As a dog owner, one of the most frightening things that can happen is a lost dog. Many dogs run off to explore, then are unable to find the way home. They dig their ways out of fenced yards, slip out of leashes, or run from the car. Tragically, other dogs are stolen (especially purebreds). There is a black market for dogs, and thieves have been known to steal valuable purebreds to sell.
The disappearance of your beloved dog can be truly devastating. Learn how to protect your dog from becoming... lost or stolen and take steps that will help increase the likelihood of your dog's safe return if the worst happens.
01 of 07
Being responsible for your dog means protecting her, supervising her and knowing where she is at all times. Avoid leaving your dog alone in the yard for any period of time. Dogs crave companionship and become easily bored if left alone. They may find a weak spot in the fence, jump or climb the fence, or dig out from under the fence. Additionally, a dog left alone can easily be stolen.
Secure your fence and supervise your dog. Do not let your dog run off leash in an unfenced area. Be careful when opening doors so your dog does not run out. Avoid leaving your dog in the car or tethered outside a place of business while you run in "just for a minute." A minute might be all it takes. Finally, make sure leashes and collars are secure.
02 of 07
Your dog should wear a collar at all times, and that collar should always have current identification. Unfortunately, too many dogs are picked up by animal control that have no ID. Some of these dogs are never found by their owners. Take the time to find the best collar and ID tag for your dog and keep them on her, just in case. If your dog is found, the ID will help her to be safely returned. Also, make sure to collar fits well so it will not slip off.
03 of 07
Sometimes it can be tempting to let your dog run off-leash. Maybe you are going from the house to the car and just know your dog will follow you. Perhaps you are at an empty park and think your dog will stay.
The truth is that every time your dog is off-leash in an unfenced area you are taking a risk. Even many well-trained dogs can run off. A small animal can evoke the predatory instinct or a loud noise can scare a dog into running away. If your dog gets out of your sight, she might not find her way home. A wandering dog may be injured or even stolen. Using a leash is your best bet at keeping your dog in sight.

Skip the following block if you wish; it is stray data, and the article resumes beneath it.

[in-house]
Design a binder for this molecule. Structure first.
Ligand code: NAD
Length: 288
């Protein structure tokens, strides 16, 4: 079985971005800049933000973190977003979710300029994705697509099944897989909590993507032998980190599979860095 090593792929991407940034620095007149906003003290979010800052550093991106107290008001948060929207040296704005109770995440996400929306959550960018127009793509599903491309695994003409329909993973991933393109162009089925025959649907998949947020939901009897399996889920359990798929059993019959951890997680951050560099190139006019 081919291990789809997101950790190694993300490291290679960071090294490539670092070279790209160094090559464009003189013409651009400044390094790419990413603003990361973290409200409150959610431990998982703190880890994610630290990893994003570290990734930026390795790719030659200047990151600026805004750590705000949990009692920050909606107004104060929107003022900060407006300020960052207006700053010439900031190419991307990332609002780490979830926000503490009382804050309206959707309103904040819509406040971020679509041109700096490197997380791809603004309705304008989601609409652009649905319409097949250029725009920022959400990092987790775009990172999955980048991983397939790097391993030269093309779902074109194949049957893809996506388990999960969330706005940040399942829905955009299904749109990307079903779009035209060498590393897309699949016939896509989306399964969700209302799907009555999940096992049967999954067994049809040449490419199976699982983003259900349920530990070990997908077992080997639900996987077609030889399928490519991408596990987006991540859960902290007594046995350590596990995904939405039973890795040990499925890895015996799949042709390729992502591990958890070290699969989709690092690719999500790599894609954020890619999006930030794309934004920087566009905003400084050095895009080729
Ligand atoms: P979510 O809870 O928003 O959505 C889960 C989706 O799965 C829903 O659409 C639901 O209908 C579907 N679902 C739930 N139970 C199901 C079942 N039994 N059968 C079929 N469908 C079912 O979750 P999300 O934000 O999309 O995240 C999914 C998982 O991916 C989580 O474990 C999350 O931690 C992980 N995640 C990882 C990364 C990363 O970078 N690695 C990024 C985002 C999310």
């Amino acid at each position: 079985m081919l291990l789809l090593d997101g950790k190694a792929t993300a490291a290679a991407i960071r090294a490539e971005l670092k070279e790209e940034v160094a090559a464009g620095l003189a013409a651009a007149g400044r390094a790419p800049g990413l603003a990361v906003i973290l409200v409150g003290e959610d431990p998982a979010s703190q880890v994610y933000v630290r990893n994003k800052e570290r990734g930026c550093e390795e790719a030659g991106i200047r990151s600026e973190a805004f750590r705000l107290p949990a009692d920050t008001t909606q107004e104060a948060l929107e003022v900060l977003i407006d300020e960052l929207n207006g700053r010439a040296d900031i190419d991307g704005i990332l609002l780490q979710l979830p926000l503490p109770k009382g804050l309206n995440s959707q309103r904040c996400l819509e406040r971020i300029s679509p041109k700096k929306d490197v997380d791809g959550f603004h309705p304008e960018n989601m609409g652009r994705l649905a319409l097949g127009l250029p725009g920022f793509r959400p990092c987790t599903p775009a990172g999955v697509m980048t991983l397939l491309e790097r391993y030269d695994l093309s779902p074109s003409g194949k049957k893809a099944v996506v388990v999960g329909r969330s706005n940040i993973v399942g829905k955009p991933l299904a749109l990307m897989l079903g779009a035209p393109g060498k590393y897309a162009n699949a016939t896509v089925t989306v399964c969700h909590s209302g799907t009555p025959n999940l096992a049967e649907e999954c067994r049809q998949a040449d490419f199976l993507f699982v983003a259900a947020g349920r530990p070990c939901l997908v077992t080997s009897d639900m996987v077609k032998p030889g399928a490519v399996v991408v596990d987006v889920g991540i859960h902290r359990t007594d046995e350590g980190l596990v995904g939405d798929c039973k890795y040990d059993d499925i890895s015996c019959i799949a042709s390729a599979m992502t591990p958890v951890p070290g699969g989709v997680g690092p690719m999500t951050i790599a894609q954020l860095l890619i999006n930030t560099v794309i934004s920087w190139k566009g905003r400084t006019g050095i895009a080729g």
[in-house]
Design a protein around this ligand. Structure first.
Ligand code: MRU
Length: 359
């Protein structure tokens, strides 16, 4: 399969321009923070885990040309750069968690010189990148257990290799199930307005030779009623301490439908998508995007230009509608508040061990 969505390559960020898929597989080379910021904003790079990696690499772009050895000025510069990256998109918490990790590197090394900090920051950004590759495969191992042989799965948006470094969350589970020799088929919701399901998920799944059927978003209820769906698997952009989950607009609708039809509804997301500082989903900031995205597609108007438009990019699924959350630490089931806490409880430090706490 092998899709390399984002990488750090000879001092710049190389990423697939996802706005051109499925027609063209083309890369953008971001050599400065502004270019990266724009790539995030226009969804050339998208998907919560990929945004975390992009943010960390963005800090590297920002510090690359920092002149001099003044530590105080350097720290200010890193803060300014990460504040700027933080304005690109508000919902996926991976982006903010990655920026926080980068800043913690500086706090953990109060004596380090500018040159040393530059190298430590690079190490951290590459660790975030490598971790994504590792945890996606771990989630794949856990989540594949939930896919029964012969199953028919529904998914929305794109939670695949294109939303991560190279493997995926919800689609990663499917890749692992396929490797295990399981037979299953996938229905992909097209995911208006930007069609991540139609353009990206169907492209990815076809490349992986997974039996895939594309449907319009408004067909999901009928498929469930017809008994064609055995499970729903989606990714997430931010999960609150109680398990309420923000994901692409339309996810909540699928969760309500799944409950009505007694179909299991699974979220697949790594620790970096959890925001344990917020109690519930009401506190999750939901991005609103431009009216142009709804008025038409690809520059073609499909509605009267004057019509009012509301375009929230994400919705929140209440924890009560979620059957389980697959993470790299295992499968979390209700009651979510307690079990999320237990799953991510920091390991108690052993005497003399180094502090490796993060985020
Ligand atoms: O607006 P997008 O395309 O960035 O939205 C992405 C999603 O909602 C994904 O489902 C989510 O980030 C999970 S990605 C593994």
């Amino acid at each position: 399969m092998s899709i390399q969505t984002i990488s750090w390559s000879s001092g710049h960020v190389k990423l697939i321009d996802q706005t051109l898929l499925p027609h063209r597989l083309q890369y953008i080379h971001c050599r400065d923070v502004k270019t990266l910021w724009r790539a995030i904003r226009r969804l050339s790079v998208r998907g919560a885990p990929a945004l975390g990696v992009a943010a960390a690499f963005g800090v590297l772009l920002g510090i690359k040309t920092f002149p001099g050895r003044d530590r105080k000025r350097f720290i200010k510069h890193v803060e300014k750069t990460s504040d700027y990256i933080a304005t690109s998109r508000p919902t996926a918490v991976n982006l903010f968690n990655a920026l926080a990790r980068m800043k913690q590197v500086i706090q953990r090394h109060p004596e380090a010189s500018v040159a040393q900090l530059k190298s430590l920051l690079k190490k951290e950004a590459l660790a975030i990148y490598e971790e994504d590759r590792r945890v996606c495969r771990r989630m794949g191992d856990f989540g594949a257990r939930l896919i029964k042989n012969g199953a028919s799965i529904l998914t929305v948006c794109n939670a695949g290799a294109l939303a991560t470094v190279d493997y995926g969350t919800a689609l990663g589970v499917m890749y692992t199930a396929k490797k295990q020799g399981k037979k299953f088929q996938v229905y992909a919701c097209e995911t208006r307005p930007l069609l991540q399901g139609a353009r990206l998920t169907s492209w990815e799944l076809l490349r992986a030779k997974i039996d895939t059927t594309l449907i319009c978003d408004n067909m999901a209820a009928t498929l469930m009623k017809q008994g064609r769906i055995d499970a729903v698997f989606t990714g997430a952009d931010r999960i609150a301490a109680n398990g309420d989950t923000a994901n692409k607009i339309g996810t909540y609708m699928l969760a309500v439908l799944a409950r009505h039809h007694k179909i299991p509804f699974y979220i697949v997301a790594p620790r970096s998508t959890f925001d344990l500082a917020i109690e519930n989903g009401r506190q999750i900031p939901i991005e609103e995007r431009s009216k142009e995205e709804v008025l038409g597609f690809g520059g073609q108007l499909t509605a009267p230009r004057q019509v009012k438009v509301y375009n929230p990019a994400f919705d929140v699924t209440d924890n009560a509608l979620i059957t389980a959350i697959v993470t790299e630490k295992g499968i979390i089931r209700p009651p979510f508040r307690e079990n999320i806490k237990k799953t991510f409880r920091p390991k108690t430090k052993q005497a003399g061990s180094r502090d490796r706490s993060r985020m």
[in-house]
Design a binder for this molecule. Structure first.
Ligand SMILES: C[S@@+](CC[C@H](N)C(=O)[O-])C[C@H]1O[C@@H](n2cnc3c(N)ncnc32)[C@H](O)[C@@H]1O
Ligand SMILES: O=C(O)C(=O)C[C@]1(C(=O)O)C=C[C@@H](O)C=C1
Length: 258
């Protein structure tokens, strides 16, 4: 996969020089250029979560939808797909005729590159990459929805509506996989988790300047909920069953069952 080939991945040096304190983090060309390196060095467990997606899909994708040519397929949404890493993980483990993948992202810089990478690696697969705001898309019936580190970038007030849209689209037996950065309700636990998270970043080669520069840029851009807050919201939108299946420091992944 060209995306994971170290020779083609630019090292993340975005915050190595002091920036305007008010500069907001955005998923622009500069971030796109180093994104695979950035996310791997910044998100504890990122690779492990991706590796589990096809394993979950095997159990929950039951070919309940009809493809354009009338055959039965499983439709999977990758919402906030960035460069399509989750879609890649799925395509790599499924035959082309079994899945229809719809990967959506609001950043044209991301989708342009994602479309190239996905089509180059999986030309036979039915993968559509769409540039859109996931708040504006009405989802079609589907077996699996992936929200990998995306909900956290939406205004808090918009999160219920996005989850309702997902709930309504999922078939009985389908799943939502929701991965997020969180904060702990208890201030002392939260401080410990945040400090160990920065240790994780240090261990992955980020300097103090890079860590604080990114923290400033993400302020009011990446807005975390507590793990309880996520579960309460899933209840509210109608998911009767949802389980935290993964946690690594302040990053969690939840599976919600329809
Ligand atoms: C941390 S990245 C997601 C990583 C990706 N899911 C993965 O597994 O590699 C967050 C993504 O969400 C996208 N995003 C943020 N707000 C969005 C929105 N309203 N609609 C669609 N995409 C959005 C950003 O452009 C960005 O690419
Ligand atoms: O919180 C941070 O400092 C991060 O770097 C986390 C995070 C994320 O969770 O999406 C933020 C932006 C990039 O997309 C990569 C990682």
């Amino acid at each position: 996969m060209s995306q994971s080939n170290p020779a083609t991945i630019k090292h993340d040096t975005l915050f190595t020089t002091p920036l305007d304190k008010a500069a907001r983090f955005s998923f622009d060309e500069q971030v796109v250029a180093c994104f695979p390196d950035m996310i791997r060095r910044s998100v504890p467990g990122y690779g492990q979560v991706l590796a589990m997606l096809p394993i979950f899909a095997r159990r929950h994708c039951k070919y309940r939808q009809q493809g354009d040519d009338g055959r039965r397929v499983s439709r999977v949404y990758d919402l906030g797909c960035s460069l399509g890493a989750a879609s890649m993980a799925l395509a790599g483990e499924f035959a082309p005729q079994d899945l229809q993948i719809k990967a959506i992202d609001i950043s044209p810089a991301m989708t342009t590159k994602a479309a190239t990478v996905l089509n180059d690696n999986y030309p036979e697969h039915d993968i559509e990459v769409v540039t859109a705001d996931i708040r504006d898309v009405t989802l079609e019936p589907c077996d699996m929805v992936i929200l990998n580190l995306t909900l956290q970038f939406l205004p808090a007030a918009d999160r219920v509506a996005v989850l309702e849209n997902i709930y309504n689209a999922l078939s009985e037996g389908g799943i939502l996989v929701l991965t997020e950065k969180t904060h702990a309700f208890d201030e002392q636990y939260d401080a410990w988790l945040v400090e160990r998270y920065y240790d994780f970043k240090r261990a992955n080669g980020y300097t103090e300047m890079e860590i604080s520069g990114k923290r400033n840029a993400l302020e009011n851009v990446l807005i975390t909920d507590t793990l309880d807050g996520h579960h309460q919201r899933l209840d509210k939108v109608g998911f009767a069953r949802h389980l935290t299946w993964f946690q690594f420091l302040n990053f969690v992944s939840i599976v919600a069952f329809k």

04 of 07
Microchips are as small as a grain of rice and are implanted under the skin between your dog's shoulder blades. This is a great way to permanently identify your dog, as the chip can be read by a special scanner. They cannot fall off like collars and last the life of your dog.
If your dog is scanned and a chip is found, it can traced back to you. This not only makes it easier for you to get your lost dog back, it also proves that your dog belongs to you in the event she is stolen. Just make sure to keep your contact information current with the microchip company. Additionally, it is still important to keep a collar with ID on your dog, just in case your dog ends up in a place where no scanner is available.Continue to 5 of 7 below.
05 of 07
Traveling with your dog can be lots of fun, but travel safety is important. Be certain that you take precautions when traveling. If your dog is flying, be sure the crate is secured and the identification clear and current. On road trip, use caution to keep her from running when the car door opens.
If your dog runs away, being in a strange place makes it more difficult for her to find her way back (and possibly harder for you to be contacted). Also, as mentioned earlier, do not leave your dog alone in the car.
06 of 07
A solid foundation of training is essential for so many reasons. If your dog is well-trained (especially teaching an emergency recall command) you are more likely to be able to stop her is she starts to wander away. In general, it is a good idea to keep some treats handy at all times, just in case you need incentive. Additionally, commands like stay or wait can help you keep your dog from taking off in the first place.
07 of 07
If, despite your best efforts, your dog becomes lost or stolen, you must take immediate action. If you suspect theft, contact the local law enforcement. Post signs, contact local animal hospitals and shelters, canvass the neighborhood. Ask friends, neighbors and family members for their help. Post lost dog ads in the newspaper and list your dog online at lost dog databases. Most importantly, act fast and do not give up hope.